Sexuality of Older Cancer Survivors

Sexuality of Older Cancer Survivors

In terms of sexuality, older cancer survivors are not much different from their cancer-free counterparts. But they may be more likely to feel dissatisfied with their sex lives, according to the results of a 2016 study.

 Published by the journal Cancer, the study investigated the sexual function of people age 50 or older living in the United Kingdom.

Cancer and its treatment can lead to a variety of sexual challenges, including erectile dysfunction (ED) in men and vaginal dryness in women. But aging can also have impact sexuality. The study authors wanted to know how the sexual function of older cancer survivors compared to that of older people in general. People tend to be older when they are diagnosed with cancer, and they may survive five to ten years, or even longer. Learning more about the sexual health of this age group can help doctors understand their patients’ needs.

Almost 6,700 people (2,982 men and 3,708 women) completed an assessment called the Sexual Relationships and Activities Questionnaire. They answered questions about their relationships and partners, sexual attitudes and concerns, and the types and frequency of their sexual activities (such as kissing, petting, and intercourse). They also revealed how sexually satisfied they had been during the previous three months.

Seven percent of the men and 9% of the women had been diagnosed with cancer. About three-quarters of cancer survivors had been diagnosed five or more years prior to the survey.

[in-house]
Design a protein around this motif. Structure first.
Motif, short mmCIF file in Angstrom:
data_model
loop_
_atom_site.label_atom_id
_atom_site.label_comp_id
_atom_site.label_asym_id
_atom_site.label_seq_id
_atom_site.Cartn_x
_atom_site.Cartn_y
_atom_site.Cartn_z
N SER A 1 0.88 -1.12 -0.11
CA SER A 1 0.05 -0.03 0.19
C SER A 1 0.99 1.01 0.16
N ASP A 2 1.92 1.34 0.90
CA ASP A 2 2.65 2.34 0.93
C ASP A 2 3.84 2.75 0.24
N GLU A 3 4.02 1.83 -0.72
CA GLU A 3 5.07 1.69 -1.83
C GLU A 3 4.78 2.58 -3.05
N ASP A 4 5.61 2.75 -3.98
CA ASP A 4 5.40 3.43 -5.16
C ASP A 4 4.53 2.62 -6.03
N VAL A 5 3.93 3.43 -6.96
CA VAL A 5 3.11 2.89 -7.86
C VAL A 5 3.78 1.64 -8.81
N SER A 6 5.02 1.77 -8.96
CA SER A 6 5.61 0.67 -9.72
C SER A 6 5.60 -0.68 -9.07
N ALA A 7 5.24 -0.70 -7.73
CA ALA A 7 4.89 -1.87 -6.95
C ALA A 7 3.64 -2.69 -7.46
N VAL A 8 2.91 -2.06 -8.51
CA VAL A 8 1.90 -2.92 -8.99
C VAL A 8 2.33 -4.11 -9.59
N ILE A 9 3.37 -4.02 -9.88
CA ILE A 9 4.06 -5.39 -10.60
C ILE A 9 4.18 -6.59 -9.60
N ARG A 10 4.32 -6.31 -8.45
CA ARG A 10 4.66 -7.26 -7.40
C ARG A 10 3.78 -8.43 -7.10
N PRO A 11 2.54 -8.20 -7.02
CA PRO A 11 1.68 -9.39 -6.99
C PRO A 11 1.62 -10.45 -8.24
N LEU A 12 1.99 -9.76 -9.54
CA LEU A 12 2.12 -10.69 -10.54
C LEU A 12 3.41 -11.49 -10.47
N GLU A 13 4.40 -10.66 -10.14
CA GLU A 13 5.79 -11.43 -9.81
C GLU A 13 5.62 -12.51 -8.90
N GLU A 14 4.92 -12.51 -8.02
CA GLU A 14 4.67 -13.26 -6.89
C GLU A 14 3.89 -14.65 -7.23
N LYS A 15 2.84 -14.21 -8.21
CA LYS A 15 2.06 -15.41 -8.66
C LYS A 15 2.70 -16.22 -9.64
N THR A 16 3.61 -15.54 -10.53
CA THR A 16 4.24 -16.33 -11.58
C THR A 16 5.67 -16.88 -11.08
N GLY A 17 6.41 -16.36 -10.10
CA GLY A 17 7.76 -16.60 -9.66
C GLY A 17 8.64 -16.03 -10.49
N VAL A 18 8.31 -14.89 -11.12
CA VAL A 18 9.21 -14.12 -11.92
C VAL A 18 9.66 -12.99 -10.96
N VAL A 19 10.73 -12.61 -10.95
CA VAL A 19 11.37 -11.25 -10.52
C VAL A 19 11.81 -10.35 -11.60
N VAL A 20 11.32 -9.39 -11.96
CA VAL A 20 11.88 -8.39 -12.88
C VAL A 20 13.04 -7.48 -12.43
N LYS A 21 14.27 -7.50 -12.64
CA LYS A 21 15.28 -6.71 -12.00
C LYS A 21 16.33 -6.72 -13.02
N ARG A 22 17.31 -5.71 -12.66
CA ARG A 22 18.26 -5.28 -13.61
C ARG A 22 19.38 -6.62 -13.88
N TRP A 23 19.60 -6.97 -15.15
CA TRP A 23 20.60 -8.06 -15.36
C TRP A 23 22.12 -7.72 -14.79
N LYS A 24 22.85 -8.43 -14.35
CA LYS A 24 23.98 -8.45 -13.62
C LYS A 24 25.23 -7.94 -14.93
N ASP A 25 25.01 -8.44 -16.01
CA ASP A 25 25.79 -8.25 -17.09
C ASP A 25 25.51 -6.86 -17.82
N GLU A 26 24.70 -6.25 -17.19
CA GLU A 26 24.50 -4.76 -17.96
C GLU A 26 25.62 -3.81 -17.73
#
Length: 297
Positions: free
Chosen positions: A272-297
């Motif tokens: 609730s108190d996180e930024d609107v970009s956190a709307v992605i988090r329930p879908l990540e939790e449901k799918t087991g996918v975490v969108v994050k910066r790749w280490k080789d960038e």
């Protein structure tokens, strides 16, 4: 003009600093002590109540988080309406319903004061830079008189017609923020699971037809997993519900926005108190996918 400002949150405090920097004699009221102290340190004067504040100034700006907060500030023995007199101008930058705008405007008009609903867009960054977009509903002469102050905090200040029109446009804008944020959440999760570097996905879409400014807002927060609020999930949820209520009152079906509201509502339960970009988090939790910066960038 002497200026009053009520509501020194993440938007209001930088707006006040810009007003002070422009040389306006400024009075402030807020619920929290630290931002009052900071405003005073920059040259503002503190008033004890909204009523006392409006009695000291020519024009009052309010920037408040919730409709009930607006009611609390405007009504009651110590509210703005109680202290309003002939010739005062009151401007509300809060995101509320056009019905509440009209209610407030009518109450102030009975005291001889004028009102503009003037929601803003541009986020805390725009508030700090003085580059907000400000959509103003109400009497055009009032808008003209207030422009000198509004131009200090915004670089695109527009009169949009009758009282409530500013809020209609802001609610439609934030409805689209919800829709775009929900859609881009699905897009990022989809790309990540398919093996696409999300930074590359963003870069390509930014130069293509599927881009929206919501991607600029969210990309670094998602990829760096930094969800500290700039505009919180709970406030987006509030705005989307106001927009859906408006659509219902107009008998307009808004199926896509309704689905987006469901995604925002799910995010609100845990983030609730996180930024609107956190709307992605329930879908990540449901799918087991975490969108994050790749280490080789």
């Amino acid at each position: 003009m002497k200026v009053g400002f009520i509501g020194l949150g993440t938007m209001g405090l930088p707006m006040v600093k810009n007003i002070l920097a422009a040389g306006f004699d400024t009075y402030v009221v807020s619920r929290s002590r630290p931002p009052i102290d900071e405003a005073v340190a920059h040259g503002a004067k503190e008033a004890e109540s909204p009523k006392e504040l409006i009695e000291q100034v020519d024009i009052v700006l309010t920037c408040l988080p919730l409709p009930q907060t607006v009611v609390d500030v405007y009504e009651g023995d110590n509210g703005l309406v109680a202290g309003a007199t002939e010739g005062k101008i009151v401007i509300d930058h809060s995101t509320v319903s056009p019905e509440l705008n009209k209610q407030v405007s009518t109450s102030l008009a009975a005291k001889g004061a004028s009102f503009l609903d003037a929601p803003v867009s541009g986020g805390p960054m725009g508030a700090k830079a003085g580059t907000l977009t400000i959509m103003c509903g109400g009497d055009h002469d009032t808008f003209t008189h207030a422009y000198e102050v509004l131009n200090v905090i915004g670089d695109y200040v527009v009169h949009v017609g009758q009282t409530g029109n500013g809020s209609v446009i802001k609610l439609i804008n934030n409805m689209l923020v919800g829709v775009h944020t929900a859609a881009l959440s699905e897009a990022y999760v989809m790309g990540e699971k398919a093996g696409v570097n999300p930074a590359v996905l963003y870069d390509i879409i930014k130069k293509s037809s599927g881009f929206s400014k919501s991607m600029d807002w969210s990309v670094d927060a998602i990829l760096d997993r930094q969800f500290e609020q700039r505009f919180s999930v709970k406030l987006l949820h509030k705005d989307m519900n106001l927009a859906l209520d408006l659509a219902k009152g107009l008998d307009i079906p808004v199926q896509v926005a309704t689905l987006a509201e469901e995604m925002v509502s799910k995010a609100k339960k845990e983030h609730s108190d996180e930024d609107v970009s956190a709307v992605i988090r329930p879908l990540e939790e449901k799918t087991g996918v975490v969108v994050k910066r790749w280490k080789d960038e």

When the researchers compared the sexual activities and function of the cancer survivors and the cancer-free group, they found many similarities. For example, roughly half the women in each group said they had intercourse frequently. Degrees of sexual problems were about the same as well.

However, sexual dissatisfaction was markedly different. Eighteen percent of female cancer survivors said they were dissatisfied, compared to 12% of cancer-free women. Male cancer survivors had higher dissatisfaction rates too: 31% compared to 20% for men without cancer. It wasn’t clear why the survivors were less satisfied.

Women who had been diagnosed within the previous five years were more likely to have problems with desire, arousal, and orgasms. But this result was not found among the men.

“On the whole, our results are generally encouraging,” the authors wrote. “A diagnosis of cancer does not seem to affect whether or not people have sex, how often they have sex, what they do when they have sex, and (in the case of men) their sexual function.”

But they called for more research on sexual dissatisfaction rates and poorer sexual function in women with recent cancer diagnoses.



Jackson, Sarah E, PhD, et al.

“Sexuality after a cancer diagnosis: A population‐based study”

(Full-text. Published online: August 16, 2016)

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